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‘Girl Meets World’ star Rowan Blanchard opens up about sexuality

18 January 2016 Entertainment News News

Fourth Estate Staff

Los Angeles, CA, United States (4E) – Rowan Blanchard of the series “Girl Meets World” took to Twitter to open up about her sexuality and her wish to not to be labeled.

The 14-year-old star of the Disney show told her fans a bit of information about her person life alongside a strong message about sexuality as well as sexual fluidity. The tweet was posted on January 16 and it reads: “In my life — only ever liked boys. However I personally don’t wanna label myself as straight, gay or whateva so I am not gonna give myself labels to stick with — just existing ;).”

Soon after the post was up on Twitter, one of her followers asked about what she prefers to be called. She tweeted, “yes open to liking any gender in future is why I identify as queer.”

The latest revelation about her sexuality came after the actress penned a lengthy blogged post entitled “Sorry, Not Sorry.” Blanchard explained in the article that she quit apologizing about her existence adding that she has trusted herself enough to know that “I don’t always have to say sorry for myself.”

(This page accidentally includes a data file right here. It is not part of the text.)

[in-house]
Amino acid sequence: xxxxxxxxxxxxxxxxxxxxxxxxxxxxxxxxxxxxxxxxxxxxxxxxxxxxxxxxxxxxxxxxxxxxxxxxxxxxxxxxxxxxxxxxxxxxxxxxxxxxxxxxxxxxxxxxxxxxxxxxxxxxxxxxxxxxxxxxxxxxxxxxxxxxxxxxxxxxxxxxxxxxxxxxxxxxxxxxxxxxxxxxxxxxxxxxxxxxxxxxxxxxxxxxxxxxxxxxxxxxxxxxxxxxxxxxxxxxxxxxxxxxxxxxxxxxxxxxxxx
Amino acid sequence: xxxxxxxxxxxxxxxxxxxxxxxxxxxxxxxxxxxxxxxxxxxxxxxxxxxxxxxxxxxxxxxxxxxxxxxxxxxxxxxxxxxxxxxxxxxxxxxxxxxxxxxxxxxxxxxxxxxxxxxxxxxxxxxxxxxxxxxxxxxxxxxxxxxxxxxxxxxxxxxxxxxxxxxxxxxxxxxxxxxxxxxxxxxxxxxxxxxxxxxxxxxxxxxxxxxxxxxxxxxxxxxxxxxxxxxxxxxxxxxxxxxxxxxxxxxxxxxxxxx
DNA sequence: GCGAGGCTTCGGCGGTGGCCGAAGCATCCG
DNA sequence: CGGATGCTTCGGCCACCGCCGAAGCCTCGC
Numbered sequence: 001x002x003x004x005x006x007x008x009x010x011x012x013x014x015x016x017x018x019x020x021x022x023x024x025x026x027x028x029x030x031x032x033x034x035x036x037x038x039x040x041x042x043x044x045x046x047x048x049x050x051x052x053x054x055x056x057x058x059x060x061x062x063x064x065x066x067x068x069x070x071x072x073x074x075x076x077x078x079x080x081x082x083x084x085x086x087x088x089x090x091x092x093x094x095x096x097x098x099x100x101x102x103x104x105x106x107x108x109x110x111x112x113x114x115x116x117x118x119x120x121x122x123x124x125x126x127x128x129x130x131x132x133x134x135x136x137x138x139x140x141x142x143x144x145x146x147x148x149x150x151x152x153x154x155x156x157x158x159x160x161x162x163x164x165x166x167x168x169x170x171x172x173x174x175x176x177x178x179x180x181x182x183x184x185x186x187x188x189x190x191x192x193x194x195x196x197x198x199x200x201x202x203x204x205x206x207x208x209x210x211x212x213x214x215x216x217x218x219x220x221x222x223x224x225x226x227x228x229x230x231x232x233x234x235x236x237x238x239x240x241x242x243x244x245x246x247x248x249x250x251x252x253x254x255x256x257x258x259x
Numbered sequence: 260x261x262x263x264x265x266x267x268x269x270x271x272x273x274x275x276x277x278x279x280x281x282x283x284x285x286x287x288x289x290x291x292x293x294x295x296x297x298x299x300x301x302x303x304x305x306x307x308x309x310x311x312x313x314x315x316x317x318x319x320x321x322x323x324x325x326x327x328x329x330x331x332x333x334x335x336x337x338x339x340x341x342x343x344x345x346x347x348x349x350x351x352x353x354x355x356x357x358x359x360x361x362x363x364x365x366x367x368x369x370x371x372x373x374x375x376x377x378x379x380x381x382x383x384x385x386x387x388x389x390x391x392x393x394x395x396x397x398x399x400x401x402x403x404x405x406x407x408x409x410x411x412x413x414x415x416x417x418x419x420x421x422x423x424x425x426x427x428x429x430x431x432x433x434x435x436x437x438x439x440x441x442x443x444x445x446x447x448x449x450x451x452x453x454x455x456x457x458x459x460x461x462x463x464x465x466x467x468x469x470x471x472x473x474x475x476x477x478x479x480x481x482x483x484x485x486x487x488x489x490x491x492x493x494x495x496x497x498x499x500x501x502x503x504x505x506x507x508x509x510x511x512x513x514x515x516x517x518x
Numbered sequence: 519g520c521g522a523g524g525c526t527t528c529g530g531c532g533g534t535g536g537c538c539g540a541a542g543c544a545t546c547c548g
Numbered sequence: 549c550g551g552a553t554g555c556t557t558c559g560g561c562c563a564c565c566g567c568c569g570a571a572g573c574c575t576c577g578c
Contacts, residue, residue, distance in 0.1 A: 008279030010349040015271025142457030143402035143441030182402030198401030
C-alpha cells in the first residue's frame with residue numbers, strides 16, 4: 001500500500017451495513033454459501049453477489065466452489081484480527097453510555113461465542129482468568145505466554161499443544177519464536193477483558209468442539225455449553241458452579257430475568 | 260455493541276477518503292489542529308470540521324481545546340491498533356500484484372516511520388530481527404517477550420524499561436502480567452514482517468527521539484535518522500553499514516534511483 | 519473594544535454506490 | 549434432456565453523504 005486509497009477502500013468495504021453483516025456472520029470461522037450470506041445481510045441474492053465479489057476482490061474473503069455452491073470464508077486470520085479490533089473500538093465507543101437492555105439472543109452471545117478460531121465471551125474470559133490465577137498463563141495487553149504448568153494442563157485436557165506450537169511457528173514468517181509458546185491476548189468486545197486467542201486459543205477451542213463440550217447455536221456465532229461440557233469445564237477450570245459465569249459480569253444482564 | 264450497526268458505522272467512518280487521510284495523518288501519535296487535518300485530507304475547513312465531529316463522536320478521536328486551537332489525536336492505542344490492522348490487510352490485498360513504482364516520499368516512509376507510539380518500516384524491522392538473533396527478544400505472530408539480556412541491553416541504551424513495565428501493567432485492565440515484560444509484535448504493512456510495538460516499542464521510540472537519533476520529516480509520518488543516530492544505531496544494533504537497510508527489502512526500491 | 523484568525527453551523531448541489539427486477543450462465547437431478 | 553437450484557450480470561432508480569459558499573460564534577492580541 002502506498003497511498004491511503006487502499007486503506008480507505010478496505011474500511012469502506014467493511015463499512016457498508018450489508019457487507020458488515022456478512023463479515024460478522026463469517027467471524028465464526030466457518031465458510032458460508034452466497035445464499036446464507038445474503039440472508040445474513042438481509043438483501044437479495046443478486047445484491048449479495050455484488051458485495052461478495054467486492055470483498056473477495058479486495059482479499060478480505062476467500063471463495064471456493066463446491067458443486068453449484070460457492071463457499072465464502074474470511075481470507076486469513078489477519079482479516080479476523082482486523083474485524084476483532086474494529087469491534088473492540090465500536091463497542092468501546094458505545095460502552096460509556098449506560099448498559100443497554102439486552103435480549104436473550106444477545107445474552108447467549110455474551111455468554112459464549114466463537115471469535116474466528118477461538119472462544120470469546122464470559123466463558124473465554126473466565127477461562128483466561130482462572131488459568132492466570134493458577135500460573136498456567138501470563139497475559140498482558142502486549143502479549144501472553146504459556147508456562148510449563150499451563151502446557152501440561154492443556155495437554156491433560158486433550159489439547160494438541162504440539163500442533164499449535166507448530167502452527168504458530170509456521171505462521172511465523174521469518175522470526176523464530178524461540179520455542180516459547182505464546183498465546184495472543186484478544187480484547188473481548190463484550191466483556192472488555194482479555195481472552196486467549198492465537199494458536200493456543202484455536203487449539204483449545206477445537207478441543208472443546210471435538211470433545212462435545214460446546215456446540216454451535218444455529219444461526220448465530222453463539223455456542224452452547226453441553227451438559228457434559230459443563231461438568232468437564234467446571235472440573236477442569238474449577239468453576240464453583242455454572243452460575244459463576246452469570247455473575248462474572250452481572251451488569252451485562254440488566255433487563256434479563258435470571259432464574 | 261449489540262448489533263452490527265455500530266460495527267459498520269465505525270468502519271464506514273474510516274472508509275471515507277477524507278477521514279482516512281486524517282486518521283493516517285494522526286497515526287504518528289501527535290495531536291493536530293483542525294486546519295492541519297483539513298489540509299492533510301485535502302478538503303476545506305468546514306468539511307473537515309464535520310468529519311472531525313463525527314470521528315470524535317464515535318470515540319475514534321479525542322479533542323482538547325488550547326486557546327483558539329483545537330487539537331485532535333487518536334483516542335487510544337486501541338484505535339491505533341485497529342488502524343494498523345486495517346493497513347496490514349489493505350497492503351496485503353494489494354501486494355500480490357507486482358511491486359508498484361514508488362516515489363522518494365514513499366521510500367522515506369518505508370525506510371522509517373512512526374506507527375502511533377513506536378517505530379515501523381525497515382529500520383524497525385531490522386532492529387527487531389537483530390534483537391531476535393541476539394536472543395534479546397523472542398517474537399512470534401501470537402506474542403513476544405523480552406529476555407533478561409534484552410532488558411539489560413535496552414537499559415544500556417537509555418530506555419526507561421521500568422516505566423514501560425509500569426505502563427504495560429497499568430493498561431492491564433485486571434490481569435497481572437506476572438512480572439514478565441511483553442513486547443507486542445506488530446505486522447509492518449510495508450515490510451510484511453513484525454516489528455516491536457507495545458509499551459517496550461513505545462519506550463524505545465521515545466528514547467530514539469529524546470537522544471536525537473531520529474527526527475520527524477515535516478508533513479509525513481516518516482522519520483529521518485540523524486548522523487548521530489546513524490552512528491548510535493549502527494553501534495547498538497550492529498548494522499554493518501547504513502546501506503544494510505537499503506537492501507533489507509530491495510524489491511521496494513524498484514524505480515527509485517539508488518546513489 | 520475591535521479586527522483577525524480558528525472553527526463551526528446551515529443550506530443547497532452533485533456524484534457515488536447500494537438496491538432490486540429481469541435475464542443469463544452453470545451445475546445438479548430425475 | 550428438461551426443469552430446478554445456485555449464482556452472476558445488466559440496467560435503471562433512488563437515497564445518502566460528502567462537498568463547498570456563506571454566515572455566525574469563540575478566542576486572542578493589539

She also hoped for a “BisexualRileyMatthews2k16” adding that she will be there if that happens. She added, “If not Riley- its vvv important to me, being queer, that there is representation on our show.”

In the show “Girl Meets World,” Blanchard plays Riley Matthews, who is an eloquent and driven teen who speaks about social issues.

Back in August of 2015, Blanchard also talked about white feminism in an essay posted. She wrote that feminism forgets the woman of color and white women are faced with different kinds of sexism.

Aside from Blanchard, her friend Amandla Stenberg also announced recently that she is bisexual on Teen Vogue magazine. She also took to Tumblr to say: “It’s a really, really hard thing to be silenced and it’s deeply bruising to fight against your identity and to mold yourself into shapes that you just shouldn’t be in. As someone who identifies as a black, bisexual woman, I’ve been through it, and it hurts, and it’s awkward and it’s uncomfortable.”